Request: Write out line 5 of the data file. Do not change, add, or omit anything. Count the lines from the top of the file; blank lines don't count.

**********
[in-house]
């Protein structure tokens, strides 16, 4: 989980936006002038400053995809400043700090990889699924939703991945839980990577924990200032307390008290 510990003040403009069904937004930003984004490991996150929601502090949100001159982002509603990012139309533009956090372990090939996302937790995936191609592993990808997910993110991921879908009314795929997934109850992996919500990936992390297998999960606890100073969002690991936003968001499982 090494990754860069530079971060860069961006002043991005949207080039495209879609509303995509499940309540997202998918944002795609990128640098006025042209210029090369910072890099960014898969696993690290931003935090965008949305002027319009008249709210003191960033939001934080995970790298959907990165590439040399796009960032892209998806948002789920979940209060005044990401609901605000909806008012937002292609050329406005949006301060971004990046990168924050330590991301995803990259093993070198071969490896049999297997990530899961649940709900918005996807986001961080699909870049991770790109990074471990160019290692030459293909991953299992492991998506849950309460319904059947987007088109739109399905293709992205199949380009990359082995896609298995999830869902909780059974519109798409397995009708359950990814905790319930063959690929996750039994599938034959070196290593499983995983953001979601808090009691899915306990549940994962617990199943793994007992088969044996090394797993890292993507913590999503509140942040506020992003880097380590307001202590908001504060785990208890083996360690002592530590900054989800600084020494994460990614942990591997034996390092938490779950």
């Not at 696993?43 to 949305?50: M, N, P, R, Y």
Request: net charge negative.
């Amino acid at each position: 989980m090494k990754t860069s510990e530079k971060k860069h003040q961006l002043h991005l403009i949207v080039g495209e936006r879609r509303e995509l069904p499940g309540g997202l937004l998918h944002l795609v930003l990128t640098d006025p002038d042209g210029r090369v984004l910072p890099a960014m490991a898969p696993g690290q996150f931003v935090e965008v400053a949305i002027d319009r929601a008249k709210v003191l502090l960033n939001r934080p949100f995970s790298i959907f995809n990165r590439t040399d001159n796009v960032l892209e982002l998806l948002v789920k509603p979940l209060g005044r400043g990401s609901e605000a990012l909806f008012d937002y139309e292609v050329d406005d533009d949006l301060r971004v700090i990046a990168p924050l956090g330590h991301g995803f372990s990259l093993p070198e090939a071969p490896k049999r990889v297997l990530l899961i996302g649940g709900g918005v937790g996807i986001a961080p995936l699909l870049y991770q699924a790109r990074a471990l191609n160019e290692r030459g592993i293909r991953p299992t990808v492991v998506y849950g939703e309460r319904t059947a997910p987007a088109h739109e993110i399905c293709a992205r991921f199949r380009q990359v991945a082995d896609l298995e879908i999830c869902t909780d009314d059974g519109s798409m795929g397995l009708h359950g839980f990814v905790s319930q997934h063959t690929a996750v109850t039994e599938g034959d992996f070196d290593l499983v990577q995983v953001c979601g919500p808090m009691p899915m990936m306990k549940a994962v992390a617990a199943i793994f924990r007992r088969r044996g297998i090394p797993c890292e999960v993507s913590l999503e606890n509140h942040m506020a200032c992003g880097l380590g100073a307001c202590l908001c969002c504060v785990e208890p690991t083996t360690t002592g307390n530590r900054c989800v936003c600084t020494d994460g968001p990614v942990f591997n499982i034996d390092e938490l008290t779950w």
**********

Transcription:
């Amino acid at each position: 989980m090494k990754t860069s510990e530079k971060k860069h003040q961006l002043h991005l403009i949207v080039g495209e936006r879609r509303e995509l069904p499940g309540g997202l937004l998918h944002l795609v930003l990128t640098d006025p002038d042209g210029r090369v984004l910072p890099a960014m490991a898969p696993g690290q996150f931003v935090e965008v400053a949305i002027d319009r929601a008249k709210v003191l502090l960033n939001r934080p949100f995970s790298i959907f995809n990165r590439t040399d001159n796009v960032l892209e982002l998806l948002v789920k509603p979940l209060g005044r400043g990401s609901e605000a990012l909806f008012d937002y139309e292609v050329d406005d533009d949006l301060r971004v700090i990046a990168p924050l956090g330590h991301g995803f372990s990259l093993p070198e090939a071969p490896k049999r990889v297997l990530l899961i996302g649940g709900g918005v937790g996807i986001a961080p995936l699909l870049y991770q699924a790109r990074a471990l191609n160019e290692r030459g592993i293909r991953p299992t990808v492991v998506y849950g939703e309460r319904t059947a997910p987007a088109h739109e993110i399905c293709a992205r991921f199949r380009q990359v991945a082995d896609l298995e879908i999830c869902t909780d009314d059974g519109s798409m795929g397995l009708h359950g839980f990814v905790s319930q997934h063959t690929a996750v109850t039994e599938g034959d992996f070196d290593l499983v990577q995983v953001c979601g919500p808090m009691p899915m990936m306990k549940a994962v992390a617990a199943i793994f924990r007992r088969r044996g297998i090394p797993c890292e999960v993507s913590l999503e606890n509140h942040m506020a200032c992003g880097l380590g100073a307001c202590l908001c969002c504060v785990e208890p690991t083996t360690t002592g307390n530590r900054c989800v936003c600084t020494d994460g968001p990614v942990f591997n499982i034996d390092e938490l008290t779950w």